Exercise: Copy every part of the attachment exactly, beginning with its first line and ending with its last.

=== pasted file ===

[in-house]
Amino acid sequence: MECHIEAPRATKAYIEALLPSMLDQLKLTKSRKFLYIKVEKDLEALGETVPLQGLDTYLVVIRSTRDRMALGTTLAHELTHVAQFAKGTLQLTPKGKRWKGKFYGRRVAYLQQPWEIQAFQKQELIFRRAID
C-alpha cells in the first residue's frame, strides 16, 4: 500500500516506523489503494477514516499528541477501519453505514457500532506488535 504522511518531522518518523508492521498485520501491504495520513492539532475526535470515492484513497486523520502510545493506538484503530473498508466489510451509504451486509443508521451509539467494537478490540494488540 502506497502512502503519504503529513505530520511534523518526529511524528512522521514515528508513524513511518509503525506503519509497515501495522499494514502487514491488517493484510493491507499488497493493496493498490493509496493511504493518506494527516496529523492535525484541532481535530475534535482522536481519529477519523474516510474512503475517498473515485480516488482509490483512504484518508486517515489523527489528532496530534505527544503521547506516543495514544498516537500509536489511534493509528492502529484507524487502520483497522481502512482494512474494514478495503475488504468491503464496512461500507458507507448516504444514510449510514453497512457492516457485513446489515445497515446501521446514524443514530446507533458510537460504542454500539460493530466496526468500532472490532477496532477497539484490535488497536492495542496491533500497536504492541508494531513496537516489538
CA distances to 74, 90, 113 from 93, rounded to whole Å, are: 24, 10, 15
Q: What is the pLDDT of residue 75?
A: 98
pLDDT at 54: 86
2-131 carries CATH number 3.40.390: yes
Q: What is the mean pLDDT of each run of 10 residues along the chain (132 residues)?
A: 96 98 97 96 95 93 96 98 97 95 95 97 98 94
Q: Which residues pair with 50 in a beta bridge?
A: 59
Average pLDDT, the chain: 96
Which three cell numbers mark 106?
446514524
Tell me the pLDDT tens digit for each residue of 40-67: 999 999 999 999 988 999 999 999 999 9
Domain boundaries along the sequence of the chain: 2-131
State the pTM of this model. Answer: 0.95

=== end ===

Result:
[in-house]
Amino acid sequence: MECHIEAPRATKAYIEALLPSMLDQLKLTKSRKFLYIKVEKDLEALGETVPLQGLDTYLVVIRSTRDRMALGTTLAHELTHVAQFAKGTLQLTPKGKRWKGKFYGRRVAYLQQPWEIQAFQKQELIFRRAID
C-alpha cells in the first residue's frame, strides 16, 4: 500500500516506523489503494477514516499528541477501519453505514457500532506488535 504522511518531522518518523508492521498485520501491504495520513492539532475526535470515492484513497486523520502510545493506538484503530473498508466489510451509504451486509443508521451509539467494537478490540494488540 502506497502512502503519504503529513505530520511534523518526529511524528512522521514515528508513524513511518509503525506503519509497515501495522499494514502487514491488517493484510493491507499488497493493496493498490493509496493511504493518506494527516496529523492535525484541532481535530475534535482522536481519529477519523474516510474512503475517498473515485480516488482509490483512504484518508486517515489523527489528532496530534505527544503521547506516543495514544498516537500509536489511534493509528492502529484507524487502520483497522481502512482494512474494514478495503475488504468491503464496512461500507458507507448516504444514510449510514453497512457492516457485513446489515445497515446501521446514524443514530446507533458510537460504542454500539460493530466496526468500532472490532477496532477497539484490535488497536492495542496491533500497536504492541508494531513496537516489538
CA distances to 74, 90, 113 from 93, rounded to whole Å, are: 24, 10, 15
Q: What is the pLDDT of residue 75?
A: 98
pLDDT at 54: 86
2-131 carries CATH number 3.40.390: yes
Q: What is the mean pLDDT of each run of 10 residues along the chain (132 residues)?
A: 96 98 97 96 95 93 96 98 97 95 95 97 98 94
Q: Which residues pair with 50 in a beta bridge?
A: 59
Average pLDDT, the chain: 96
Which three cell numbers mark 106?
446514524
Tell me the pLDDT tens digit for each residue of 40-67: 999 999 999 999 988 999 999 999 999 9
Domain boundaries along the sequence of the chain: 2-131
State the pTM of this model. Answer: 0.95